If anyone has been wondering, "Where the heck is Blue Lotus lately?", I'll tell you.
I've been busy getting my world rocked by yoga training.
My yogi tribe and I are about halfway through with our 9 month yoga teacher training program, and thus far it has been a wild ride. As much as I am incredibly grateful for the ongoing transformation I am experiencing with this journey, I would be lying if I wasn't feeling some growing pains.
The training program I am in with focuses on personal growth for the first half of the training, which back when I was signing up for the course, I was insanely pumped for.
Yes! Personal growth! Transformation of self on a physical, emotional, and spiritual level! And homework everyday to keep me on track! This is going to make me the best yoga teacher ever! I am so in!
So as training began, not surprisingly, my outlook on life began to change. I began to see relationships, opportunities, events, and even myself all in different lights. Transformation was happening! This is what I signed up for! And what did I do?
(Hint: The answer is not "I became the enlightened yogini goddess now gleaming before you. Here, let me effortlessly transition into Scorpion pose while I recite the Yoga Sutras of Patanjali by heart.")
The truth is, I freaked the hell out.
As soon as I started to actually feel change, pushing me into a space and person I was not yet familiar with, I immediately pushed it all away. My personal asana practice went down to the bare minimum. I procrastinated on assignments. I ditched the readings of sutras for hardcore Netflix marathons. Meditation practice was practically non-existent. My day to day life felt increasingly hard, and I felt like I was spiraling. I began questioning everything, and not in a positive way. My physical health reverted to catching every illness sweeping its way through town, and I even missed the third month of training due to the flu. I somehow managed to get together things in time for the fourth module, but I walked in feeling confused, stressed, and a bit like a fraud.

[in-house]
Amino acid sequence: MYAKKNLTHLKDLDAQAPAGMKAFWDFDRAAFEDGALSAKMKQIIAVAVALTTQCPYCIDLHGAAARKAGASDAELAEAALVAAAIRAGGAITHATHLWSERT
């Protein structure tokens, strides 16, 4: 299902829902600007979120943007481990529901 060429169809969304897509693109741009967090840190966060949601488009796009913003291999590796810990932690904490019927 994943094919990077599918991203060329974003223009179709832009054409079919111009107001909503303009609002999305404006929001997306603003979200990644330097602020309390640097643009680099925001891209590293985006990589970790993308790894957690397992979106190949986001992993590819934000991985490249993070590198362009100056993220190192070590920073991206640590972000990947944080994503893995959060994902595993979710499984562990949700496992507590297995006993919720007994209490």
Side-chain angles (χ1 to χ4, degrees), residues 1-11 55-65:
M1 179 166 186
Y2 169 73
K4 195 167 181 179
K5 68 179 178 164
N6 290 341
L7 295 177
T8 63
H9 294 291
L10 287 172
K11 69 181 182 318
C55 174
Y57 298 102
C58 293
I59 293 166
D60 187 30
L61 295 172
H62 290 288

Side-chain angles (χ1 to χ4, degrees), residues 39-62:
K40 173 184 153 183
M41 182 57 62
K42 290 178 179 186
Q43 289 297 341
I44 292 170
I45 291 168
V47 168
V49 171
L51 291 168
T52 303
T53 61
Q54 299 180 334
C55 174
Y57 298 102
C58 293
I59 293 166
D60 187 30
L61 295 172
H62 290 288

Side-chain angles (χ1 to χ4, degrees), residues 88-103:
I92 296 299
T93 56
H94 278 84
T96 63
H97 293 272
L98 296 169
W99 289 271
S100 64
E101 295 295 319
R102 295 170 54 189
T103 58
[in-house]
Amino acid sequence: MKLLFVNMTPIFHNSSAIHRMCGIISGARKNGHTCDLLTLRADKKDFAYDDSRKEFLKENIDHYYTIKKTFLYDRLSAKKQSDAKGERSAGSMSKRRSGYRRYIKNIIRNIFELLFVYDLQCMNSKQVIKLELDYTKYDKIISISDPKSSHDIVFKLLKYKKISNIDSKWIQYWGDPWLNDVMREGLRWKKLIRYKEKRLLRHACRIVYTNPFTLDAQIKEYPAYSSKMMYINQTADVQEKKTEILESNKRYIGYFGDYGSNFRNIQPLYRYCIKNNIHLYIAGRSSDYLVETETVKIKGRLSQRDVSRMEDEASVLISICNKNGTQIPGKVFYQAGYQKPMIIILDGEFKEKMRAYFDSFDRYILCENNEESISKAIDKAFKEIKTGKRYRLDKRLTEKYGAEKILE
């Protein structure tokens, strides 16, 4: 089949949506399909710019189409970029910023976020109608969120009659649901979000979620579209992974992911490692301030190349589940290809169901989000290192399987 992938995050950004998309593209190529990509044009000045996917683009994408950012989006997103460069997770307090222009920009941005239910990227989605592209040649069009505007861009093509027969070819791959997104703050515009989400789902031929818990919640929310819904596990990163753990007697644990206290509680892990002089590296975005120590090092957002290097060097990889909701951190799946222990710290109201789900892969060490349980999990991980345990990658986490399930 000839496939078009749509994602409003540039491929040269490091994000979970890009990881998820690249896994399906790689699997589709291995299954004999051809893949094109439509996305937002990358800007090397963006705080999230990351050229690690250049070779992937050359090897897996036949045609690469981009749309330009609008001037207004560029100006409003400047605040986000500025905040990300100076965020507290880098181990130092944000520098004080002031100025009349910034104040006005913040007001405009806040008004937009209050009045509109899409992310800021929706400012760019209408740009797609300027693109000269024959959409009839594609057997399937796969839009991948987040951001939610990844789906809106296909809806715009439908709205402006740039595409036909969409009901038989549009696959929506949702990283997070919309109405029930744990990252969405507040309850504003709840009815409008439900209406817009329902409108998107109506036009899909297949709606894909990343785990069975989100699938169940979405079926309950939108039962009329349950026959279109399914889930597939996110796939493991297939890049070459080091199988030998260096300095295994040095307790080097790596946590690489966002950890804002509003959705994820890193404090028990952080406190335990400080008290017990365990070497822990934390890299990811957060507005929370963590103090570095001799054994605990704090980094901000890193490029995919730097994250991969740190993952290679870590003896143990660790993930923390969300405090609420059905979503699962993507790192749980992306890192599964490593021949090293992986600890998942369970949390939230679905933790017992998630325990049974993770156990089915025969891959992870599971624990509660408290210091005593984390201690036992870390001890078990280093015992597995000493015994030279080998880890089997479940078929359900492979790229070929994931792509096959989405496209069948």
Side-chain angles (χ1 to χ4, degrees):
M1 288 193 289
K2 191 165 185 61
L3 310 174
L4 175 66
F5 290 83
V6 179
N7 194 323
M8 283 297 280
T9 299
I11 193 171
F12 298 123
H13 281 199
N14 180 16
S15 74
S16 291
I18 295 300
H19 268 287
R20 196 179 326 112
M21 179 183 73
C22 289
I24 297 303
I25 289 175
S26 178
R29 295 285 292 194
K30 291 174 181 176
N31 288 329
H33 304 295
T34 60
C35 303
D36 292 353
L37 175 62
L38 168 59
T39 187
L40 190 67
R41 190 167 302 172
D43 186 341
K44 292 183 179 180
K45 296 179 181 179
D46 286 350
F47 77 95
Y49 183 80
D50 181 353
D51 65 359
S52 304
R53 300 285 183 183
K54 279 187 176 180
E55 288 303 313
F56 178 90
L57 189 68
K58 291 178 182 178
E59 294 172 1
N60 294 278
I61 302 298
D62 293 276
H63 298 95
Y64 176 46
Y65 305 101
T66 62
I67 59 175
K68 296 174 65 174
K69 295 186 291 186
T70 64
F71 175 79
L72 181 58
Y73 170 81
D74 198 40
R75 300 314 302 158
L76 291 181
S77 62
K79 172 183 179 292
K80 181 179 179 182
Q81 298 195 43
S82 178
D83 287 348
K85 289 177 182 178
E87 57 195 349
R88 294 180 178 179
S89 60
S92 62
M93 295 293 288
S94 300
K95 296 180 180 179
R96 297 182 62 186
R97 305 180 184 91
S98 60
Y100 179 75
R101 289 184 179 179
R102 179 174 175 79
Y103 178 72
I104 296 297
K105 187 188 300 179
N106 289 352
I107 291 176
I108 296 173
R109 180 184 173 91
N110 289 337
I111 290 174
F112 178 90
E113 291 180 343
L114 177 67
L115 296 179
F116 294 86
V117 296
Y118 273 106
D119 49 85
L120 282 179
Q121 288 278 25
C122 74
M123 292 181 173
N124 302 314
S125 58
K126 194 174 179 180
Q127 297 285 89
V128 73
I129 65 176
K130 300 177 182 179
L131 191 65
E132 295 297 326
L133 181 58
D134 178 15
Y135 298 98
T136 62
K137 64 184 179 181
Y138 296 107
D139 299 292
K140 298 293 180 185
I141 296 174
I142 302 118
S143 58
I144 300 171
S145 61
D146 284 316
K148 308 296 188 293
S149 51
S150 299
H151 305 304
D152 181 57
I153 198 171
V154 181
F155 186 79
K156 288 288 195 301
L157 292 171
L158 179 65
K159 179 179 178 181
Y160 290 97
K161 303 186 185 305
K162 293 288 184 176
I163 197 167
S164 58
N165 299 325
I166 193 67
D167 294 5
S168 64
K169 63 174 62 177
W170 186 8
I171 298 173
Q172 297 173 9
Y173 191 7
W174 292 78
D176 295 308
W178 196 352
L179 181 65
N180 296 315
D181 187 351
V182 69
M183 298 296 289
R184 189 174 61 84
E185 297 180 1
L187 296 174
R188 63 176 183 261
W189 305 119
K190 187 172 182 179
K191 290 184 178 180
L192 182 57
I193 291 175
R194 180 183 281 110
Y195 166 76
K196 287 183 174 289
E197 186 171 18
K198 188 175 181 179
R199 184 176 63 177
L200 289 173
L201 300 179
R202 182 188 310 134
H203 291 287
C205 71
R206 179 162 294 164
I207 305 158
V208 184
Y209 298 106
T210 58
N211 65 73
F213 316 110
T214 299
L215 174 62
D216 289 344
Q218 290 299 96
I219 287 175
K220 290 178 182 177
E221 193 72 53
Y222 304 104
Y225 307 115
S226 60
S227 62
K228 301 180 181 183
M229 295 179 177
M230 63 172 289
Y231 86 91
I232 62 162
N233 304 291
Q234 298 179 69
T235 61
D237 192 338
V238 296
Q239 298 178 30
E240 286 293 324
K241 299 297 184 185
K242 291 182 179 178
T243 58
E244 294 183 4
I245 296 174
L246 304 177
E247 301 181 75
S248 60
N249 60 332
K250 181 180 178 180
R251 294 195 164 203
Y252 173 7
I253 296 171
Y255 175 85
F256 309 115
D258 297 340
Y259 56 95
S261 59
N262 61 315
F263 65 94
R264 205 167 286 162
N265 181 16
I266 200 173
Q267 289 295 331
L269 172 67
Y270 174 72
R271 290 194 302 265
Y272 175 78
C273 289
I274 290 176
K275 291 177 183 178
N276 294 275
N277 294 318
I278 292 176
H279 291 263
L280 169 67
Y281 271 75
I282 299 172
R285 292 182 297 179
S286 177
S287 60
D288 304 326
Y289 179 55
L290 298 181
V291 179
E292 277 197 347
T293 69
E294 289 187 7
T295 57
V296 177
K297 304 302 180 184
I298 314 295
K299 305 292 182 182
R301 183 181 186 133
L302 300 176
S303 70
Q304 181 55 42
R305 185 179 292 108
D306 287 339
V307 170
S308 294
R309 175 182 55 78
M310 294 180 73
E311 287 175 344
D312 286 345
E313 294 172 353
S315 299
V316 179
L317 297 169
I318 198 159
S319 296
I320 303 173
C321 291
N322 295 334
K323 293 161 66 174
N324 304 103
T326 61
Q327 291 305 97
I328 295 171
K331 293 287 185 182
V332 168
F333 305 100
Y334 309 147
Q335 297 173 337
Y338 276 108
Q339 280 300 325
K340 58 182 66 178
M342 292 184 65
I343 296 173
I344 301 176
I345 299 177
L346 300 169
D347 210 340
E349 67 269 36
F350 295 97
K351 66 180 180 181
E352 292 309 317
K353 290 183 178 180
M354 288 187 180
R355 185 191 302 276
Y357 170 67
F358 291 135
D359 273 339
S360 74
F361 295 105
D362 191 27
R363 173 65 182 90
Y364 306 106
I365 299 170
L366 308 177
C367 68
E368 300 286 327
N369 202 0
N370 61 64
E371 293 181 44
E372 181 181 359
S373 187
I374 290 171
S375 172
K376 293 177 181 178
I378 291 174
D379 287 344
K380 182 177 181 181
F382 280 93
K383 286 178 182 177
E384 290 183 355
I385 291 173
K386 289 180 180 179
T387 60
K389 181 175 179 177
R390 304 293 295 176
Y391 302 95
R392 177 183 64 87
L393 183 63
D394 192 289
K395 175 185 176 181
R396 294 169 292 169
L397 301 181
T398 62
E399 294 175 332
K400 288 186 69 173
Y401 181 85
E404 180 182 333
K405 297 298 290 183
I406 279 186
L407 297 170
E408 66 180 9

That weekend, however, my spark was reignited. As soon as I settled onto my mat, surrounded by my peers, I started remembering why I was doing this in the first place. My passion for asana practice. My devotion to meditation. My unquenchable desire to absorb as much information as I can get my hands on. We explored new sequences, suggestions for asana support, tantric philosophy, arm balances. I emerged refreshed, and ready to get back to it!
So naturally, I went home, and immediately went back into my old, unhealthy routines. Brilliant, I know.
Until fate intervened a couple days later, in the form of a gigantic, week-long migraine-of-death. Now, this was no ordinary headache. This was a "hide in the bathroom where there are no windows to let light in, constantly wearing earplugs and an eye mask, no appetite, can't think straight, for days on end" type of ordeal. Super fun! In the days following, while I was learning that multi-day migraine hangovers are apparently a thing (who knew?), I came to the realization that this migraine was not a coincidence, and was trying to tell me something.
This migraine forced an immediate stop to what I was doing (i.e. settling back into my poor routine), along with triggering what can only be described as a cathartic release of sadness, anxiety, and stress. I walked away from the whole ordeal a bit shaken, but with eyes open. Life was going to keep happening, change was going to come whether I embraced it or not, and the biggest thing I have control over is my perspective.
I slowly found myself turning towards better habits. Rolling out my yoga mat more, and staying on it for longer. Actually using my meditation timer app. Cutting down on screen time. Limiting social media scrolling. Decreasing sugar and other non-nourishing food from my diet. Staying more up to date with assignments. Definitely slow, but steady, improvement. Although I wouldn't go as far as saying I have finally "figured it all out", I have noticed some big differences by learning to let go of what does not serve me.
Our latest training weekend, where we dove into the chakras, was incredibly fun and inspiring! Plus, I felt incredibly reassured as I realized the rest of the group was experiencing their own versions of these growing pains as well! I felt anxiety rear its ugly head once or twice, but I chose to step back and take the role of the observer, acknowledging it, but not being controlled by it, until it eventually calmed down. This training is not only shaping me into a yoga teacher, but also reminding me of the tools I always have at my disposal to handle life's ups and downs.
We head into our next module in just a few days, and although I still have a little bit to catch up on (my procrastination habits may always be a work in progress), I feel a little bit more confident that I don't have to be the "always level-headed, go-with-the-flow yogi goddess" to be a successful yoga teacher, or person in general. I can still be my awkward self, experiencing struggles and triumphs, learning all along the way.